By Brian Rochon
Plymouth High School
Our offense, while somewhat dictated by personnel strengths from year to year, is firmly rooted in the outside and inside zone schemes. Variations of the outside and inside zone encompass probably 80% of our run schemes. This allows us to minimize the amount of thinking by our offensive line and helps us play at a fast tempo. The use of simple adjustments presents the illusion of complexity to the defense and meshes well with simple variations in who we’re reading, secondary manipulations and other tags. We are constantly saying, “We have two run plays!” While we certainly have more than two run calls, at our core we going to make our living on the outside and inside zone.
One thing that makes us unique is our ability to vary which front 7 defender we are reading all within our basic OZ and IZ schemes. The “zombie” concept, which will be the focus of this particle, is a variation that we picked up from current Indiana State Head Coach Mike Sanford while he was the OC at Louisville. As Coach Sanford explained to me, the zombie concept involves a zone scheme on the frontside of the play and a man scheme on the backside of the play. Hence the term “zombie” (Zone Onside…Man Backside = ZOMBie.)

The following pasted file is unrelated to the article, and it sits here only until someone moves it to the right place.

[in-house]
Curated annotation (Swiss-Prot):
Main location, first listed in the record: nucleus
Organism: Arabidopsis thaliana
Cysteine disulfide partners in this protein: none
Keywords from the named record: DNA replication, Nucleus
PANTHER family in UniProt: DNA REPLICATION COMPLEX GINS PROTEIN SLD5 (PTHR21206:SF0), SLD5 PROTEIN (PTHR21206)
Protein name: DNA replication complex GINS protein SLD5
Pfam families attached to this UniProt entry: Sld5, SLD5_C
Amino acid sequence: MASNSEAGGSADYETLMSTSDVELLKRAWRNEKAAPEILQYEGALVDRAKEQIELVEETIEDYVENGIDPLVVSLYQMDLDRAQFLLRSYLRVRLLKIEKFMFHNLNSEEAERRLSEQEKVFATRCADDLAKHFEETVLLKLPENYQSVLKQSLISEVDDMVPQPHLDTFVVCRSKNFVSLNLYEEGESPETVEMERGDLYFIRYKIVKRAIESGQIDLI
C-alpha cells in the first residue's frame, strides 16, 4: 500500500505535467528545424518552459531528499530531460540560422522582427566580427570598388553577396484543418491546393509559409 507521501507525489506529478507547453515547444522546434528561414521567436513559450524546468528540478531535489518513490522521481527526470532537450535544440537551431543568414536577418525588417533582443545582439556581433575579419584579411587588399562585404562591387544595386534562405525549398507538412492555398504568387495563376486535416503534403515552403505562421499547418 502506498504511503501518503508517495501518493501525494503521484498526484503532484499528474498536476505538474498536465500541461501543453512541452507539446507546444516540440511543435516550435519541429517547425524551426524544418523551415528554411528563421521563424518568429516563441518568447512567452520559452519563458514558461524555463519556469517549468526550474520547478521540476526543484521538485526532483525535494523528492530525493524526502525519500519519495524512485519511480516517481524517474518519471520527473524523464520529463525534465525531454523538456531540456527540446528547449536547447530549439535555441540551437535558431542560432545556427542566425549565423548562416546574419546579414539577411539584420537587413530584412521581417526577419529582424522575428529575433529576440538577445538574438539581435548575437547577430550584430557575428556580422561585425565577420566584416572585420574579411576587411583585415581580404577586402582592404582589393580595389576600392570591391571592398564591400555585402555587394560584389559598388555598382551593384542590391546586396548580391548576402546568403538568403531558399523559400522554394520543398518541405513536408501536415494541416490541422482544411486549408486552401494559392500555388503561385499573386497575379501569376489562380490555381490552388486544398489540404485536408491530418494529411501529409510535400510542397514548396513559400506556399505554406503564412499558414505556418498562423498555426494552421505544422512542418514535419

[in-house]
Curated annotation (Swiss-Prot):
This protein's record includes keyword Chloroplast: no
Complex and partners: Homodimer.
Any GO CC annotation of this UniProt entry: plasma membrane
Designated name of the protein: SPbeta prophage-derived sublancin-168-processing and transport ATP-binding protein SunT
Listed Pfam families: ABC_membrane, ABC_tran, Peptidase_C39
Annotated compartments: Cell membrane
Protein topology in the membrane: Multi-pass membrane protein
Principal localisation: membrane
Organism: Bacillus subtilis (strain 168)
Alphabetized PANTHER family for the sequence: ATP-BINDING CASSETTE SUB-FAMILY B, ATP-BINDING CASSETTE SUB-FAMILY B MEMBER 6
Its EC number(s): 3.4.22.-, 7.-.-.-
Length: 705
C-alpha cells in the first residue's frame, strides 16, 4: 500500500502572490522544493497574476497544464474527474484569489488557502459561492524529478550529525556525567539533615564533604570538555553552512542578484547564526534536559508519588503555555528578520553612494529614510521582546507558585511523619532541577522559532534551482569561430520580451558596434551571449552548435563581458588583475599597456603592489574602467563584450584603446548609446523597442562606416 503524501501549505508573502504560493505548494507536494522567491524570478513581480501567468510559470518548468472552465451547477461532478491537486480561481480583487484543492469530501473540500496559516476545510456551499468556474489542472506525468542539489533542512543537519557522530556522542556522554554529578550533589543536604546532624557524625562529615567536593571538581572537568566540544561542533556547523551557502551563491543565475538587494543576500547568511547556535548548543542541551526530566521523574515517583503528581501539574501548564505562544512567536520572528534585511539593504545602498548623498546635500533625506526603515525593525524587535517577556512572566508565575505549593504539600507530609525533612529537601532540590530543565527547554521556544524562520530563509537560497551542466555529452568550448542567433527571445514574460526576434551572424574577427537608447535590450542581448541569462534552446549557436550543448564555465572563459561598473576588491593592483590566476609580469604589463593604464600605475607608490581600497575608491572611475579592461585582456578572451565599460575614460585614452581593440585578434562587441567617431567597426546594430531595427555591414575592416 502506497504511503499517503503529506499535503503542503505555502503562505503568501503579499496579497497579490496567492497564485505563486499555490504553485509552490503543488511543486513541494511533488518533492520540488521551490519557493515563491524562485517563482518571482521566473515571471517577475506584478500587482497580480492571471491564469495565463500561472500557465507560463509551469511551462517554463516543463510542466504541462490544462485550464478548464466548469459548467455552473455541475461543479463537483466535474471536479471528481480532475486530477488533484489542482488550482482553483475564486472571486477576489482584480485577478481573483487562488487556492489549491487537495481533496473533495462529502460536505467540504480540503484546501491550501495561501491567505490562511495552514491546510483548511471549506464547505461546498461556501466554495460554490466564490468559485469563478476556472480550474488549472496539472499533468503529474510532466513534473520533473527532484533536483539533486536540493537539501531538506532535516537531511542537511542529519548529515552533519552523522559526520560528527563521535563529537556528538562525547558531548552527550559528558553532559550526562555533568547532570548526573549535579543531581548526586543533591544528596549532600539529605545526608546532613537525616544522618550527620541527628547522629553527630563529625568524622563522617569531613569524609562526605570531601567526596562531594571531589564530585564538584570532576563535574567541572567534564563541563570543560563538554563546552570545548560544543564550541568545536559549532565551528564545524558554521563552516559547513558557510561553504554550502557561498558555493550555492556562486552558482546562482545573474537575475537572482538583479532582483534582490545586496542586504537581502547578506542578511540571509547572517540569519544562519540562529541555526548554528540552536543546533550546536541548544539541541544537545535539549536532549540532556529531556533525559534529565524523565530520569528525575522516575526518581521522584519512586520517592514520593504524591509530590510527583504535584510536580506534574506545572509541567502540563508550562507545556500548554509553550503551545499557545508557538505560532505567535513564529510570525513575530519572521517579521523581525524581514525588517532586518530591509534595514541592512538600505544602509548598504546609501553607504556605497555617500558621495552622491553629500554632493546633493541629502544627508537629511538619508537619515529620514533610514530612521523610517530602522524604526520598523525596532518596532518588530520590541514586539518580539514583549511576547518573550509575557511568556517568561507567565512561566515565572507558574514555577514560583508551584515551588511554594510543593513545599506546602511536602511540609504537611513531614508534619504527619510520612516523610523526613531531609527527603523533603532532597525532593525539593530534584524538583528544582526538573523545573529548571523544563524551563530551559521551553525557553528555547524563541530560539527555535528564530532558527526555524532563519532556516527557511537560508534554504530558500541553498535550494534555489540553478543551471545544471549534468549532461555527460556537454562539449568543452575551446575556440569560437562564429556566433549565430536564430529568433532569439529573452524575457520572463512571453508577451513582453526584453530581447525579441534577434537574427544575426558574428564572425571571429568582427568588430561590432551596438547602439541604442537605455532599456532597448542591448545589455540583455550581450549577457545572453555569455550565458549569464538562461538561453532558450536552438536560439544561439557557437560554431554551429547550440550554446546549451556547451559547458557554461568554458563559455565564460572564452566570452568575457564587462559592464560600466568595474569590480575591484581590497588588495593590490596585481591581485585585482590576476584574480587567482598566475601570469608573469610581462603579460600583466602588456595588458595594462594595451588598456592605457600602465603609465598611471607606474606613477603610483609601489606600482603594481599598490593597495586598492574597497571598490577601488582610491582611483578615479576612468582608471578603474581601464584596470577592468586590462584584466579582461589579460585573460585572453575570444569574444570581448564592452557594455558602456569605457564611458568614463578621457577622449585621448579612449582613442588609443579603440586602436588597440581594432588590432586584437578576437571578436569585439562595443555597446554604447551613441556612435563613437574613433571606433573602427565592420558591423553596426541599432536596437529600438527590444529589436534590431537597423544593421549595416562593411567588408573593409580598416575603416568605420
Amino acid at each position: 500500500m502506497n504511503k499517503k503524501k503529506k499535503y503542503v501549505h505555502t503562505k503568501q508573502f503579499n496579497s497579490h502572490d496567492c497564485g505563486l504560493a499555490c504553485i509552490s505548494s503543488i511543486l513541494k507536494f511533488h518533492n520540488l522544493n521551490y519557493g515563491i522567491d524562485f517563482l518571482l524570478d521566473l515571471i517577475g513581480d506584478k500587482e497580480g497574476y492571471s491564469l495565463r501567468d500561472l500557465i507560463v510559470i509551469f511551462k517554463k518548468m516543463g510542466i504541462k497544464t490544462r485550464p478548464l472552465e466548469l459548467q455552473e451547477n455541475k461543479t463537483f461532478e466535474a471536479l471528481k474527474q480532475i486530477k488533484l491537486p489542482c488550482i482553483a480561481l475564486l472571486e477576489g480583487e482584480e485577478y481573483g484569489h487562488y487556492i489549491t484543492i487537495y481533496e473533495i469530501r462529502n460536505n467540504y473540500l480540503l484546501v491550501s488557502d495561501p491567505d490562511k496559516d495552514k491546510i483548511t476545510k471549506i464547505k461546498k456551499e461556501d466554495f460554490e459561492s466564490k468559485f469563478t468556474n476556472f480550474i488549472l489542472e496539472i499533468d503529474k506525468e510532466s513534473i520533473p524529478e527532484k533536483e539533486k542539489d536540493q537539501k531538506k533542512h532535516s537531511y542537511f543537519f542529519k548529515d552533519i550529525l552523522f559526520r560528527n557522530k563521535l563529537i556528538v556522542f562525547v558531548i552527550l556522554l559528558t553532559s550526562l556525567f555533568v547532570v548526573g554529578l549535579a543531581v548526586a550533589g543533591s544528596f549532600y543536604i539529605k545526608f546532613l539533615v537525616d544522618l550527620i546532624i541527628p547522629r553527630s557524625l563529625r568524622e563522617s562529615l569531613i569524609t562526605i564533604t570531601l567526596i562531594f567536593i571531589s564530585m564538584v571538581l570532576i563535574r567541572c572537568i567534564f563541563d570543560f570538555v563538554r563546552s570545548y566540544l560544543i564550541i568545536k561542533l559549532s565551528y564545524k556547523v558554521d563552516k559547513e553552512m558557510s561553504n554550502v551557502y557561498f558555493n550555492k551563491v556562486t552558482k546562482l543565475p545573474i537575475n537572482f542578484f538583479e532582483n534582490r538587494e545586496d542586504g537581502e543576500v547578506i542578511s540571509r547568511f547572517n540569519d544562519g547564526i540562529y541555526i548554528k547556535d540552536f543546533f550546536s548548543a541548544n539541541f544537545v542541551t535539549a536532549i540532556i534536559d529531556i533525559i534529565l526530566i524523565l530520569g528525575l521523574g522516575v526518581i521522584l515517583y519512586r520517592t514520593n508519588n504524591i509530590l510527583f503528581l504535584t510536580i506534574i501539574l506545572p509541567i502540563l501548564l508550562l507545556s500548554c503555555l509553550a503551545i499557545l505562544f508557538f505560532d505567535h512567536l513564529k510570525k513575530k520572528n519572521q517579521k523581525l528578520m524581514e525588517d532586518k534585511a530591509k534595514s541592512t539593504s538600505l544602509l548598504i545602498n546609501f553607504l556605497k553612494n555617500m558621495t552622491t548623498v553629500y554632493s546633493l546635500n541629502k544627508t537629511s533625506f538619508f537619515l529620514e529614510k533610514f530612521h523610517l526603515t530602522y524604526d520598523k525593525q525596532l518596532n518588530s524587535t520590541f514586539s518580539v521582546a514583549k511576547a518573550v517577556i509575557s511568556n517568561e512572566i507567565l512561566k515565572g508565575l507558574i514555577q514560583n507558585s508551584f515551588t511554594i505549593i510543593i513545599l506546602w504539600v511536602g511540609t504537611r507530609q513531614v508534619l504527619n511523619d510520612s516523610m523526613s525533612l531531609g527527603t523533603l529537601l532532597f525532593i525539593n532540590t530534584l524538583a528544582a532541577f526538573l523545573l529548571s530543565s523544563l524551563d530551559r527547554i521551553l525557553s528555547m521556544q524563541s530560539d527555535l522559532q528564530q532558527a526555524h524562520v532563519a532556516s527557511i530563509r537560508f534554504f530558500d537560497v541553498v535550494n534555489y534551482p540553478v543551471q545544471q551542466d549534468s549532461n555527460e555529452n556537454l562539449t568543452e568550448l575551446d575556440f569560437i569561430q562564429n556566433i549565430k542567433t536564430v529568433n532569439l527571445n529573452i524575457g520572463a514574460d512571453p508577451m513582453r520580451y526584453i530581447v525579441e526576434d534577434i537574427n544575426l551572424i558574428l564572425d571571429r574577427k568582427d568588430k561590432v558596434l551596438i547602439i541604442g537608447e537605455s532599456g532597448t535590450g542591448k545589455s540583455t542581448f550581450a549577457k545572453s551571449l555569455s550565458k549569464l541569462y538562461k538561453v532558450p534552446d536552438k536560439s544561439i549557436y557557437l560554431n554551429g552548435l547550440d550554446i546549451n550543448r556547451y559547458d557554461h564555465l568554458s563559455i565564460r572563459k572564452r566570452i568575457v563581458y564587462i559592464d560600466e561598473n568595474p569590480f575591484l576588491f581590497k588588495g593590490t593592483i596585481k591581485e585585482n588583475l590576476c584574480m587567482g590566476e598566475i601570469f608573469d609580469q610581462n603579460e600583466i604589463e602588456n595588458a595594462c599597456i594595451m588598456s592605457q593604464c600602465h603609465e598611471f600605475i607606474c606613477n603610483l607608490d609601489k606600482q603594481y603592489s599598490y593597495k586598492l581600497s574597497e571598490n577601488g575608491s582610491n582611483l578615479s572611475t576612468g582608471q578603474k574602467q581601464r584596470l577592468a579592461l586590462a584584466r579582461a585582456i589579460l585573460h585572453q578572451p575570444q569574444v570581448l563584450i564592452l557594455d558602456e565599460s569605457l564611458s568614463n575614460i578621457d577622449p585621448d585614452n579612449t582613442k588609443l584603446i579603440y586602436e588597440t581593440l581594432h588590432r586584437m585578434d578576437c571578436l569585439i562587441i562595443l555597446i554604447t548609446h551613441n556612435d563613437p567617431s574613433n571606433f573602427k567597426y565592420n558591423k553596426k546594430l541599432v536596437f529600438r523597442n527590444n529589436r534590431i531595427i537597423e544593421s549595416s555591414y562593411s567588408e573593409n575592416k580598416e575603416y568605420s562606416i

The main thrust of the zombie concept is that it allows us to read an inside linebacker. This puts a 2nd level defender in conflict rather than the backside defensive end on our traditional zone read scheme, the front side defensive end on our flow scheme, or the backside tackle on our midline scheme. We can run the zombie concept off of our outside zone read action or our inside zone read action, depending on the game plan that week as well as the strengths of the opponent’s linebackers.
Zombie Outside Zone
When we have the correct personnel to do so, we absolutely love the stretch play at Plymouth. It allows us to get our best athletes the ball on the edge, which has the potential to be explosive at any level of football. Once we have established the outside read play, teams will often tell their inside linebackers to sprint laterally as soon as they see stretch action from our offensive line. This is where the zombie concept becomes so dangerous.
More often than not, that back side linebacker will sprint himself out of his gap integrity as he tries to get over the top. As he flies into the play side B/C gap to help with stretch, the QB will end up running right behind his shoulder pads.
The rules and adjustments for outside zone zombie are as follows:
Play Side Tackle, Play Side Guard, & Center - 1st step is a flat sprint step looking to gain a man and a half. Stay low and work the back side hand to far side number of the defender followed by the play side hand working over the top of the defender. If he is unable to execute the reach, execute the proper tandem concept as a last resort.
Back Side Guard – Against a zero technique nose guard, he will combo with center driving to the play side. Against a 1 or 3 technique, he will step at the crotch of the on defender and drive. It is critical that he create movement as the quarterback’s running lane depends on this block.
Back Side Tackle - Against a 4 technique, we will have him use his outside base technique. Against a 5 technique, he can outside base or vertical set. It is critical that he does not let the defender cross his face.